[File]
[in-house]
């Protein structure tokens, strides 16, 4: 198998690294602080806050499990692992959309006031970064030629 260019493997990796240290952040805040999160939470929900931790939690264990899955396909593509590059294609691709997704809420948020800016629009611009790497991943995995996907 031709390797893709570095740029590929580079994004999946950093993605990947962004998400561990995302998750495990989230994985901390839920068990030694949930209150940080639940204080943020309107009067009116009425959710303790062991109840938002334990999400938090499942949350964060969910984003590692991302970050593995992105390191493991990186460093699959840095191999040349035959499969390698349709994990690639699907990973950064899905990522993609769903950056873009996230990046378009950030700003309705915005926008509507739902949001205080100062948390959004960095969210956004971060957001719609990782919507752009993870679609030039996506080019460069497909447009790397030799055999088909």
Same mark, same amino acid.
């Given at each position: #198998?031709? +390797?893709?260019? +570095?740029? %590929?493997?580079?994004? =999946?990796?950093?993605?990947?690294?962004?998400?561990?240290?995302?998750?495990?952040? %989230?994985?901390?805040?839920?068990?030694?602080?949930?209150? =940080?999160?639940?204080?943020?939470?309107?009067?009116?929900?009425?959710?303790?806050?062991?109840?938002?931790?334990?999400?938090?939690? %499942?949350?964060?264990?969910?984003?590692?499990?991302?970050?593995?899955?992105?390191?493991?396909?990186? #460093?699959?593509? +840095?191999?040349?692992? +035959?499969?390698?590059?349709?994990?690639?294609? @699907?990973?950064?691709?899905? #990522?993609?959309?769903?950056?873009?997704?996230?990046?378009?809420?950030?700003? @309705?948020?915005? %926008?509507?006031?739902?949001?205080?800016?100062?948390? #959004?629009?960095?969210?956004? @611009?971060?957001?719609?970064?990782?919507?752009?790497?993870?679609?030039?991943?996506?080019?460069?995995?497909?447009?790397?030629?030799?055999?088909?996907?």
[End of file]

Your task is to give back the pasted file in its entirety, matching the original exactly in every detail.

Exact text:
[in-house]
């Protein structure tokens, strides 16, 4: 198998690294602080806050499990692992959309006031970064030629 260019493997990796240290952040805040999160939470929900931790939690264990899955396909593509590059294609691709997704809420948020800016629009611009790497991943995995996907 031709390797893709570095740029590929580079994004999946950093993605990947962004998400561990995302998750495990989230994985901390839920068990030694949930209150940080639940204080943020309107009067009116009425959710303790062991109840938002334990999400938090499942949350964060969910984003590692991302970050593995992105390191493991990186460093699959840095191999040349035959499969390698349709994990690639699907990973950064899905990522993609769903950056873009996230990046378009950030700003309705915005926008509507739902949001205080100062948390959004960095969210956004971060957001719609990782919507752009993870679609030039996506080019460069497909447009790397030799055999088909």
Same mark, same amino acid.
């Given at each position: #198998?031709? +390797?893709?260019? +570095?740029? %590929?493997?580079?994004? =999946?990796?950093?993605?990947?690294?962004?998400?561990?240290?995302?998750?495990?952040? %989230?994985?901390?805040?839920?068990?030694?602080?949930?209150? =940080?999160?639940?204080?943020?939470?309107?009067?009116?929900?009425?959710?303790?806050?062991?109840?938002?931790?334990?999400?938090?939690? %499942?949350?964060?264990?969910?984003?590692?499990?991302?970050?593995?899955?992105?390191?493991?396909?990186? #460093?699959?593509? +840095?191999?040349?692992? +035959?499969?390698?590059?349709?994990?690639?294609? @699907?990973?950064?691709?899905? #990522?993609?959309?769903?950056?873009?997704?996230?990046?378009?809420?950030?700003? @309705?948020?915005? %926008?509507?006031?739902?949001?205080?800016?100062?948390? #959004?629009?960095?969210?956004? @611009?971060?957001?719609?970064?990782?919507?752009?790497?993870?679609?030039?991943?996506?080019?460069?995995?497909?447009?790397?030629?030799?055999?088909?996907?």